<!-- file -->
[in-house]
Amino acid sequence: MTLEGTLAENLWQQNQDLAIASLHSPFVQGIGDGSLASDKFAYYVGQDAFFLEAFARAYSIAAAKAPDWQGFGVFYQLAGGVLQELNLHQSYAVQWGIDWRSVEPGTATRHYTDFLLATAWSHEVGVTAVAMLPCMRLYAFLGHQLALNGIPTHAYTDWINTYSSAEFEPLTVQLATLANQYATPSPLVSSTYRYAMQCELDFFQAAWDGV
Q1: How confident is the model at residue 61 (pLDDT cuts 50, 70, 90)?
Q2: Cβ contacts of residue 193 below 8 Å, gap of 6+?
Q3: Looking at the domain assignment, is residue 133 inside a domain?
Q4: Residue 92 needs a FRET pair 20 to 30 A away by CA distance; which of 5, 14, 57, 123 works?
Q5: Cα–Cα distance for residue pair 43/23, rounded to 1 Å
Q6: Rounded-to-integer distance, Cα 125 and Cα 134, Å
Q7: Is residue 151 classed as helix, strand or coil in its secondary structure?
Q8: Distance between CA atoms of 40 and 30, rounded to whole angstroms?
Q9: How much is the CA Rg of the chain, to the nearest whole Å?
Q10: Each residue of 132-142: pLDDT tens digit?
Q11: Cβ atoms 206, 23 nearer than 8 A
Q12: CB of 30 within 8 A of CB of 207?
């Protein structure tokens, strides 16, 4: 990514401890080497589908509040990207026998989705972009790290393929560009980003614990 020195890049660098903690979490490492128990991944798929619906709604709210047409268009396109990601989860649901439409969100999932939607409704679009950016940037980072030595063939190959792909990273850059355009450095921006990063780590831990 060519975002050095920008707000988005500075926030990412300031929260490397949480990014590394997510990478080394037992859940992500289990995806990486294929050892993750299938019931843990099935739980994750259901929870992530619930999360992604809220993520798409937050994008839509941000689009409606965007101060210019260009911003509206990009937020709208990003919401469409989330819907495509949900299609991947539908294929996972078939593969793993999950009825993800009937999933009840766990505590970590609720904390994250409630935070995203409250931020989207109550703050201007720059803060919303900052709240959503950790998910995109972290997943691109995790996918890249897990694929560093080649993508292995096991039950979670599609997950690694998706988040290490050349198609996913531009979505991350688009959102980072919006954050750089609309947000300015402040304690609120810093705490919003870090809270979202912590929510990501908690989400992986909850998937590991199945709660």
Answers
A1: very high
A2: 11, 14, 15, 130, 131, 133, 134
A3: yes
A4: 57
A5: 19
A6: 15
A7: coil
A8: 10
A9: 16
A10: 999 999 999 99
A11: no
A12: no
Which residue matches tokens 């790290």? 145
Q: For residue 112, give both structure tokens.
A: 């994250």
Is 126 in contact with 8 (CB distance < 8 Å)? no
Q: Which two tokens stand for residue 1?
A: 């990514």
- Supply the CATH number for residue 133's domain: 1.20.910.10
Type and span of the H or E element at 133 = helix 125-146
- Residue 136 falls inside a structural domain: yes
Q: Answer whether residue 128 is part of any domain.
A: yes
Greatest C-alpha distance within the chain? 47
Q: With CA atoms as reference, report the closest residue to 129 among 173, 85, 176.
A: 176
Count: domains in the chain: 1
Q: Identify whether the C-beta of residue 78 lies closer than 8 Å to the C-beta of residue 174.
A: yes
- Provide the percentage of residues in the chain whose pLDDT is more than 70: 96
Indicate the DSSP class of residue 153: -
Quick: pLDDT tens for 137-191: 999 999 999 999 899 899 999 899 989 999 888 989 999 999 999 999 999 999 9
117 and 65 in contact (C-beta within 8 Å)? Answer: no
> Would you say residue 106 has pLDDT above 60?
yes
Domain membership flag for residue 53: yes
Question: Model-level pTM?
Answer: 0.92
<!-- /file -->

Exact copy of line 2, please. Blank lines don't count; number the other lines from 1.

Amino acid sequence: MTLEGTLAENLWQQNQDLAIASLHSPFVQGIGDGSLASDKFAYYVGQDAFFLEAFARAYSIAAAKAPDWQGFGVFYQLAGGVLQELNLHQSYAVQWGIDWRSVEPGTATRHYTDFLLATAWSHEVGVTAVAMLPCMRLYAFLGHQLALNGIPTHAYTDWINTYSSAEFEPLTVQLATLANQYATPSPLVSSTYRYAMQCELDFFQAAWDGV